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Concept# Homotopy theory

Summary

In mathematics, homotopy theory is a systematic study of situations in which maps can come with homotopies between them. It originated as a topic in algebraic topology but nowadays is studied as an independent discipline. Besides algebraic topology, the theory has also been used in other areas of mathematics such as algebraic geometry (e.g., A1 homotopy theory) and (specifically the study of ).
In homotopy theory and algebraic topology, the word "space" denotes a topological space. In order to avoid pathologies, one rarely works with arbitrary spaces; instead, one requires spaces to meet extra constraints, such as being compactly generated, or Hausdorff, or a CW complex.
In the same vein as above, a "map" is a continuous function, possibly with some extra constraints.
Often, one works with a pointed space -- that is, a space with a "distinguished point", called a basepoint. A pointed map is then a map which preserves basepoints; that is, it sends the basepoint of the domain to that of the codomain. In contrast, a free map is one which needn't preserve basepoints.
Homotopy
Let I denote the unit interval. A family of maps indexed by I, is called a homotopy from to if is a map (e.g., it must be a continuous function). When X, Y are pointed spaces, the are required to preserve the basepoints. A homotopy can be shown to be an equivalence relation. Given a pointed space X and an integer , let be the homotopy classes of based maps from a (pointed) n-sphere to X. As it turns out, are groups; in particular, is called the fundamental group of X.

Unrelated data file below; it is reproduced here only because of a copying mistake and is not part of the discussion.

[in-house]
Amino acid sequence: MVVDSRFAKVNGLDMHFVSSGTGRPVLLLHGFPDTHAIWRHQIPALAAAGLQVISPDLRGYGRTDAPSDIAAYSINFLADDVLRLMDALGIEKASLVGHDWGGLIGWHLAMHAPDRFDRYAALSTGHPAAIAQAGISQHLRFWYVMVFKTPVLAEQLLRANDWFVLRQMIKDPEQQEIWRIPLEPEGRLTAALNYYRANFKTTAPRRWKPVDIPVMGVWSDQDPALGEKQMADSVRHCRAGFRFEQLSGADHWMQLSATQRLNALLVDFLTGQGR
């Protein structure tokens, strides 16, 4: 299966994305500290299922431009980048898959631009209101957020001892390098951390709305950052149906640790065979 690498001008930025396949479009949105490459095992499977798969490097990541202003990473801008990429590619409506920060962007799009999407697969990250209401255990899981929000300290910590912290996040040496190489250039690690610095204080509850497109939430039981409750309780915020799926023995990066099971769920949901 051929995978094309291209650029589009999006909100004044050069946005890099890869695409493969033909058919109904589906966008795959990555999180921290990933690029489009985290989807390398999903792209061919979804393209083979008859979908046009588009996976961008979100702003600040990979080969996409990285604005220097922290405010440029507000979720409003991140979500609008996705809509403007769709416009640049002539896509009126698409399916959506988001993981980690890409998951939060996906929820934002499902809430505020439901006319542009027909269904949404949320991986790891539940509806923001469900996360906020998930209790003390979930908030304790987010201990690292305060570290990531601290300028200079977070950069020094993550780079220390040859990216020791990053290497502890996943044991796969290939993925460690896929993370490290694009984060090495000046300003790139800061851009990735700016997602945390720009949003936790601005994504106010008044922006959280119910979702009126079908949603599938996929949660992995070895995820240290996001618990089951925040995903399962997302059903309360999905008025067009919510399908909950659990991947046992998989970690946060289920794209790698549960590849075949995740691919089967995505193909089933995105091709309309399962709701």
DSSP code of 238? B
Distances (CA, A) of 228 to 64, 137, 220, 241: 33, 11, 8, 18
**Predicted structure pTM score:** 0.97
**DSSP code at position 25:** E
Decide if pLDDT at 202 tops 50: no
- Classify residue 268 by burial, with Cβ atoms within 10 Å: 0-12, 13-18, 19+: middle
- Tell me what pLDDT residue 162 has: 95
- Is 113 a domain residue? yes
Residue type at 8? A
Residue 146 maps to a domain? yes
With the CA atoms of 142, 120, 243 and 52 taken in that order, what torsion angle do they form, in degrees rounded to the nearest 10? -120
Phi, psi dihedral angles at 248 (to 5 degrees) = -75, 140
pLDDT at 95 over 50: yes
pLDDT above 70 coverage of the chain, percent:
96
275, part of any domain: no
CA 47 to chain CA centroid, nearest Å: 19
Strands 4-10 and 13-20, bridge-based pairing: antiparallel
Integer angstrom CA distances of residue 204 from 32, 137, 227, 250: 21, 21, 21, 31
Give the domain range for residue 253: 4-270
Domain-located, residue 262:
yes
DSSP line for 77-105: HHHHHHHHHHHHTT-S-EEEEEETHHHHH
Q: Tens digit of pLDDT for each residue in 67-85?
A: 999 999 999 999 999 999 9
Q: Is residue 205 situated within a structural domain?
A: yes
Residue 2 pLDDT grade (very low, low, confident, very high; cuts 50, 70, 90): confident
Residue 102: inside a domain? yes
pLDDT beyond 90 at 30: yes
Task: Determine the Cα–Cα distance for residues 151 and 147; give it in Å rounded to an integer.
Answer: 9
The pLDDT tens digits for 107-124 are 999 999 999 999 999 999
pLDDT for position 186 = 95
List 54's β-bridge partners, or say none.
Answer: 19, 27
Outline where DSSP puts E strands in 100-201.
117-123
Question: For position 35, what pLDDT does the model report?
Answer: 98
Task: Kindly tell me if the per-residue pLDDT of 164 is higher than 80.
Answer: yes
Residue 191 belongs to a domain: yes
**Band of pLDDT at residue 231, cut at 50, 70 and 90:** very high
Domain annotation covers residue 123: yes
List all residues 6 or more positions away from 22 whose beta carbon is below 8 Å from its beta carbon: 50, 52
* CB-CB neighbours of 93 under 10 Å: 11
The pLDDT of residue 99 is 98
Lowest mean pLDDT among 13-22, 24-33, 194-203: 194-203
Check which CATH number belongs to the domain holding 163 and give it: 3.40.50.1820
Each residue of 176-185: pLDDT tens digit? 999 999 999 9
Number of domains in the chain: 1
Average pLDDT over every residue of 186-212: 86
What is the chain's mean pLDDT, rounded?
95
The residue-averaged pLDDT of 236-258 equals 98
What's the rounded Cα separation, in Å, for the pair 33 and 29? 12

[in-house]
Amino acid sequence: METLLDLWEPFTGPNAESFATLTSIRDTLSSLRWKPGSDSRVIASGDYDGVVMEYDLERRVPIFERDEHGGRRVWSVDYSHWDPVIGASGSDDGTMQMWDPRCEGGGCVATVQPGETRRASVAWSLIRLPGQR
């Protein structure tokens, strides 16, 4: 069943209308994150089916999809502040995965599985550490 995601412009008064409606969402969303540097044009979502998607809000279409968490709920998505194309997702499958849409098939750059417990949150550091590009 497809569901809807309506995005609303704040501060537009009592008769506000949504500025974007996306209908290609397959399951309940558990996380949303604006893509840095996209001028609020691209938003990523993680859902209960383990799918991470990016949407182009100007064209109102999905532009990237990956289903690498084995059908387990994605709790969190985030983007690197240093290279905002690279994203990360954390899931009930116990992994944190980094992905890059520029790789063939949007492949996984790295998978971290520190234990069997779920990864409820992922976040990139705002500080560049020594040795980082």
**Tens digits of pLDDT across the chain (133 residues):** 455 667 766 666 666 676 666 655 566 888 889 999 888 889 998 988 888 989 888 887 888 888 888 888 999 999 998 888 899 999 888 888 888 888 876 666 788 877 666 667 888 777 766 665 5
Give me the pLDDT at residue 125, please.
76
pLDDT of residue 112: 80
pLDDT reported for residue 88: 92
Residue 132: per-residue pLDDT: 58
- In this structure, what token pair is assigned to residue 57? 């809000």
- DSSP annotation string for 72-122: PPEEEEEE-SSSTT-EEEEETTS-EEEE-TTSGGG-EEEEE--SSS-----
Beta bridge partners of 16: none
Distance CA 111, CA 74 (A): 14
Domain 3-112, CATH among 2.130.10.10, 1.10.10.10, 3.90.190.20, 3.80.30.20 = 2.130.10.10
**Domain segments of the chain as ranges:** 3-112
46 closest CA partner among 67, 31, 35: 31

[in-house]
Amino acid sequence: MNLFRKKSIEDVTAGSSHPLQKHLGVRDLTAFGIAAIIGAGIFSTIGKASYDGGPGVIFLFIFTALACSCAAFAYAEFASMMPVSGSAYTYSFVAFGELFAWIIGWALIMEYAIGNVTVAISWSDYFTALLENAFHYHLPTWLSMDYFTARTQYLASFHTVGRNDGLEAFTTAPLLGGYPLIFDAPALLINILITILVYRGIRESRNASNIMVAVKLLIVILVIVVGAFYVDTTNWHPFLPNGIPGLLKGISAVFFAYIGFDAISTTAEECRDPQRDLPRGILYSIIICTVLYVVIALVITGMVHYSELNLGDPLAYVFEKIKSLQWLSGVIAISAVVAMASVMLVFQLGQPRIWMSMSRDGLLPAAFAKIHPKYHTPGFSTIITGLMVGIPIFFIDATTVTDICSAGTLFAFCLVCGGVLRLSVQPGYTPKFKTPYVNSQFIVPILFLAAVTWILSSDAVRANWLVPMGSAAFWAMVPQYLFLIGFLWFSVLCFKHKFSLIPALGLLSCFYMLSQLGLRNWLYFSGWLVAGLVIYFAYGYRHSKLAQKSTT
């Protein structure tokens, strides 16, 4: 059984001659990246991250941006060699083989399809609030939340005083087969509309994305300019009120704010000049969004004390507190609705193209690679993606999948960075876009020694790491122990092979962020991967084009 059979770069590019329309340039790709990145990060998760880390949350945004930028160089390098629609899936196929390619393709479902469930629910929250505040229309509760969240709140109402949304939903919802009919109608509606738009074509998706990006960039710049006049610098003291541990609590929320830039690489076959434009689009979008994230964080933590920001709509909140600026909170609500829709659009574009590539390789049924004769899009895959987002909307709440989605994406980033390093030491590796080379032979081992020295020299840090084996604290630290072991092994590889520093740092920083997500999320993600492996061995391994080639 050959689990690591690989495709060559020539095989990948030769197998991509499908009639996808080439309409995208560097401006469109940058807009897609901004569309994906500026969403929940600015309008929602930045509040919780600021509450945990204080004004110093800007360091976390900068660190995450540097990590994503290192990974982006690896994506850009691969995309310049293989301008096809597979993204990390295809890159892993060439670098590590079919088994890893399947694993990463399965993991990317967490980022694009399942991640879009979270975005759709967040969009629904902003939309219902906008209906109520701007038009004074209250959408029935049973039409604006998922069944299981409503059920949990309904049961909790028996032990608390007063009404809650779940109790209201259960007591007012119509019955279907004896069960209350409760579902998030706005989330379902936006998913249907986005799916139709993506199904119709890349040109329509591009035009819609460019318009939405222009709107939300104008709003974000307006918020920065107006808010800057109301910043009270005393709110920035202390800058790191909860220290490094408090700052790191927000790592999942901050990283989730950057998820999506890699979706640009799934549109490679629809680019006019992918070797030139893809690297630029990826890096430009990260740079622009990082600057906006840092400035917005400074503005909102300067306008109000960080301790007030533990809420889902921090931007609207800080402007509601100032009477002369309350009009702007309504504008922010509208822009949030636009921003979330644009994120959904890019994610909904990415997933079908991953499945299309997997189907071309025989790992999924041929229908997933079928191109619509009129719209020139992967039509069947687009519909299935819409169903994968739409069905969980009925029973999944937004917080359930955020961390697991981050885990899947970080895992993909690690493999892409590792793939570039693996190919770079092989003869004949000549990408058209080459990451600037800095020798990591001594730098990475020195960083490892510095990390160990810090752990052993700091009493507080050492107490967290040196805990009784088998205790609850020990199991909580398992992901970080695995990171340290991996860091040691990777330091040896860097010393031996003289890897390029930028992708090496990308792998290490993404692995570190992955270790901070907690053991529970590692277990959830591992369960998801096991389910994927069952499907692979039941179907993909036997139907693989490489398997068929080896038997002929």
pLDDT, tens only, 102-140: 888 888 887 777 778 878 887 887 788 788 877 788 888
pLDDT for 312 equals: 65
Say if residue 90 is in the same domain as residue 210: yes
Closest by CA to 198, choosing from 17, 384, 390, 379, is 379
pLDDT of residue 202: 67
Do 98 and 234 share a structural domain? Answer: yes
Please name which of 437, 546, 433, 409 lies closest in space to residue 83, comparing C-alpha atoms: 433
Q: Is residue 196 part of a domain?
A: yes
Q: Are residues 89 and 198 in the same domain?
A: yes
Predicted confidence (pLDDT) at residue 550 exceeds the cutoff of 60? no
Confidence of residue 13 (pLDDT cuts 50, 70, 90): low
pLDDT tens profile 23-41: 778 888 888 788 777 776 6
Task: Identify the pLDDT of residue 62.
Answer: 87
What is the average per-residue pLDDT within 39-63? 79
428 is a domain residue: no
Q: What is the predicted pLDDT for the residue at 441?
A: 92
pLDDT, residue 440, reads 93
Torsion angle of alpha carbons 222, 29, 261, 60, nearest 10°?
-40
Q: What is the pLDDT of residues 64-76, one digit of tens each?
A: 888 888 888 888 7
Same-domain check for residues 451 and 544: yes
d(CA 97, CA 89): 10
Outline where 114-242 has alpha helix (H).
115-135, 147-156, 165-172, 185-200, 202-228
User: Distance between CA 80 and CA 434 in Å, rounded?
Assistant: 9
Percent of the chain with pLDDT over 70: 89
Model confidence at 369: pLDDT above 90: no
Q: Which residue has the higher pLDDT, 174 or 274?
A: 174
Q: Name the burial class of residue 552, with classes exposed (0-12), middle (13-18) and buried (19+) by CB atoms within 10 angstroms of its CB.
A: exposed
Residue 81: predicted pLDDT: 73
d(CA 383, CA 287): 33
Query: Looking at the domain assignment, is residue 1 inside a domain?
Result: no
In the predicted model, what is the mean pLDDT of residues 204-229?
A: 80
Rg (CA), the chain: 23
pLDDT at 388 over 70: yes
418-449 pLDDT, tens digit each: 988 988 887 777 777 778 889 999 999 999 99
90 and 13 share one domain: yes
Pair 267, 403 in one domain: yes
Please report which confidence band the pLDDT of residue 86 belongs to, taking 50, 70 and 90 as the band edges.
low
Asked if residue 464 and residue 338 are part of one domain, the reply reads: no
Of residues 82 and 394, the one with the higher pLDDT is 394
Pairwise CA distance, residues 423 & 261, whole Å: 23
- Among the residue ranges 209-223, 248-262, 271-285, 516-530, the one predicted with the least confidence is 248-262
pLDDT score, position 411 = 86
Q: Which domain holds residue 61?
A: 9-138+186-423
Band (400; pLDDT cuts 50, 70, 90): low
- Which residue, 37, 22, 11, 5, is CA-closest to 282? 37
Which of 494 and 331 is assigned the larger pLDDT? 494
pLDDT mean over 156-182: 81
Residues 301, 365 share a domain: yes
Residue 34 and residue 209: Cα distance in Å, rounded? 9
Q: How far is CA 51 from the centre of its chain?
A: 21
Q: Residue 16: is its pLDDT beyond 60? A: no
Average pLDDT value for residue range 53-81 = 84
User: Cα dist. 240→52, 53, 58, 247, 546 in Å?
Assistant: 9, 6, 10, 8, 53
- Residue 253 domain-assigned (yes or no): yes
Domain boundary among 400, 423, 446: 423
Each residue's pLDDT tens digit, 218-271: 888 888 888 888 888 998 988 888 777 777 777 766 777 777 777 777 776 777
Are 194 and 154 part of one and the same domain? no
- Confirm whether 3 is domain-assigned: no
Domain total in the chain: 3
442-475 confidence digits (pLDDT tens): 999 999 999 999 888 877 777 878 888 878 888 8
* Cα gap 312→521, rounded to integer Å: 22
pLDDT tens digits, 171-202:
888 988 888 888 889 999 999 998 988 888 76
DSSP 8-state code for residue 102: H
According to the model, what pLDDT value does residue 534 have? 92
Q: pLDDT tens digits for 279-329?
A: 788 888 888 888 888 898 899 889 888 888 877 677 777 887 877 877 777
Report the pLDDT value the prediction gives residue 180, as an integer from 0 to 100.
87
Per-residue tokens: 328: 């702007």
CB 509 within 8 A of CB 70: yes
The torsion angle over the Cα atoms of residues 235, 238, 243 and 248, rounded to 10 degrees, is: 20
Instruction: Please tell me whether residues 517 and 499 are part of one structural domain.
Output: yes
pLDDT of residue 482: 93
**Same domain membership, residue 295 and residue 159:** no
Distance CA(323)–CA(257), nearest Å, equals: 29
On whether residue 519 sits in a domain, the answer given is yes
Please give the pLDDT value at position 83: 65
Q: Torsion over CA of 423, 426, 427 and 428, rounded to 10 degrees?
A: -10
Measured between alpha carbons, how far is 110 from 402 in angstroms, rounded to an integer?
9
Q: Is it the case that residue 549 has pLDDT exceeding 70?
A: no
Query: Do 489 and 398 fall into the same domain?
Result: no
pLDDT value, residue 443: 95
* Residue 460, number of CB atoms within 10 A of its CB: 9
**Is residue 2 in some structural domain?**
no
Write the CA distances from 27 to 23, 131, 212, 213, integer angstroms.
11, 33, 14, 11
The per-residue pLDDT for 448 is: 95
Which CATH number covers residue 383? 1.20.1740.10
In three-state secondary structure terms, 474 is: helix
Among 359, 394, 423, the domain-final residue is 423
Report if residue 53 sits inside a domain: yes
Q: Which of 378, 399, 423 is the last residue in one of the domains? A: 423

If one prefers to work with a space instead of a pointed space, there is the notion of a fundamental groupoid (and higher variants): by definition, the fundamental groupoid of a space X is the where the are the points of X and the morphisms are paths.
A map is called a cofibration if given (1) a map and (2) a homotopy , there exists a homotopy that extends and such that . To some loose sense, it is an analog of the defining diagram of an injective module in abstract algebra.

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Suspension (topology)

In topology, a branch of mathematics, the suspension of a topological space X is intuitively obtained by stretching X into a cylinder and then collapsing both end faces to points. One views X as "suspended" between these end points. The suspension of X is denoted by SX or susp(X). There is a variation of the suspension for pointed space, which is called the reduced suspension and denoted by ΣX. The "usual" suspension SX is sometimes called the unreduced suspension, unbased suspension, or free suspension of X, to distinguish it from ΣX.

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In mathematics, stable homotopy theory is the part of homotopy theory (and thus algebraic topology) concerned with all structure and phenomena that remain after sufficiently many applications of the suspension functor. A founding result was the Freudenthal suspension theorem, which states that given any pointed space , the homotopy groups stabilize for sufficiently large. In particular, the homotopy groups of spheres stabilize for . For example, In the two examples above all the maps between homotopy groups are applications of the suspension functor.

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